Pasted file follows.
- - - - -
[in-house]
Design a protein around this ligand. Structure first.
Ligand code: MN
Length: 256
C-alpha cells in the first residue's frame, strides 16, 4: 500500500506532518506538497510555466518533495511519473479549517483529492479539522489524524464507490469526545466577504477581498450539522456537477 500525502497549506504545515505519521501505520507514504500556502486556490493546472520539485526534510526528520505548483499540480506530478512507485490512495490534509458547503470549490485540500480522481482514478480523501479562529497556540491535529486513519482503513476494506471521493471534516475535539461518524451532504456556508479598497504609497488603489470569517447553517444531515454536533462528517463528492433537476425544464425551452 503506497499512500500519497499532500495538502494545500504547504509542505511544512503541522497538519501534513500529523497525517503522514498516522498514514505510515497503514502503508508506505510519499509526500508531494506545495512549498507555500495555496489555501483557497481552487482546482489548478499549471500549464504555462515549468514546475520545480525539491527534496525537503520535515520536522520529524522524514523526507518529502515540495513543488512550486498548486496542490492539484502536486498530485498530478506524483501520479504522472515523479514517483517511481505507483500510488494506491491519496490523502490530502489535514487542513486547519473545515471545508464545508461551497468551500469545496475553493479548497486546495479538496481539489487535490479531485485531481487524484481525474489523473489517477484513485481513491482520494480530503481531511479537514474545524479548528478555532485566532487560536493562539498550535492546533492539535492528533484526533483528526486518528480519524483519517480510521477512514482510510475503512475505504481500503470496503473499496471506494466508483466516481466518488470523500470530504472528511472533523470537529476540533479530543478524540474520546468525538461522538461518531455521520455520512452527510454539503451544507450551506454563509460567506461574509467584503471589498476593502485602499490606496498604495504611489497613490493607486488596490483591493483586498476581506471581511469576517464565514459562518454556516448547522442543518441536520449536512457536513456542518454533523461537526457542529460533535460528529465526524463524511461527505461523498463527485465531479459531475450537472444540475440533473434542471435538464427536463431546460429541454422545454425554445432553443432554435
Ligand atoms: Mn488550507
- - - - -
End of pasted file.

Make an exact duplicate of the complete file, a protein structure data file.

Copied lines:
[in-house]
Design a protein around this ligand. Structure first.
Ligand code: MN
Length: 256
C-alpha cells in the first residue's frame, strides 16, 4: 500500500506532518506538497510555466518533495511519473479549517483529492479539522489524524464507490469526545466577504477581498450539522456537477 500525502497549506504545515505519521501505520507514504500556502486556490493546472520539485526534510526528520505548483499540480506530478512507485490512495490534509458547503470549490485540500480522481482514478480523501479562529497556540491535529486513519482503513476494506471521493471534516475535539461518524451532504456556508479598497504609497488603489470569517447553517444531515454536533462528517463528492433537476425544464425551452 503506497499512500500519497499532500495538502494545500504547504509542505511544512503541522497538519501534513500529523497525517503522514498516522498514514505510515497503514502503508508506505510519499509526500508531494506545495512549498507555500495555496489555501483557497481552487482546482489548478499549471500549464504555462515549468514546475520545480525539491527534496525537503520535515520536522520529524522524514523526507518529502515540495513543488512550486498548486496542490492539484502536486498530485498530478506524483501520479504522472515523479514517483517511481505507483500510488494506491491519496490523502490530502489535514487542513486547519473545515471545508464545508461551497468551500469545496475553493479548497486546495479538496481539489487535490479531485485531481487524484481525474489523473489517477484513485481513491482520494480530503481531511479537514474545524479548528478555532485566532487560536493562539498550535492546533492539535492528533484526533483528526486518528480519524483519517480510521477512514482510510475503512475505504481500503470496503473499496471506494466508483466516481466518488470523500470530504472528511472533523470537529476540533479530543478524540474520546468525538461522538461518531455521520455520512452527510454539503451544507450551506454563509460567506461574509467584503471589498476593502485602499490606496498604495504611489497613490493607486488596490483591493483586498476581506471581511469576517464565514459562518454556516448547522442543518441536520449536512457536513456542518454533523461537526457542529460533535460528529465526524463524511461527505461523498463527485465531479459531475450537472444540475440533473434542471435538464427536463431546460429541454422545454425554445432553443432554435
Ligand atoms: Mn488550507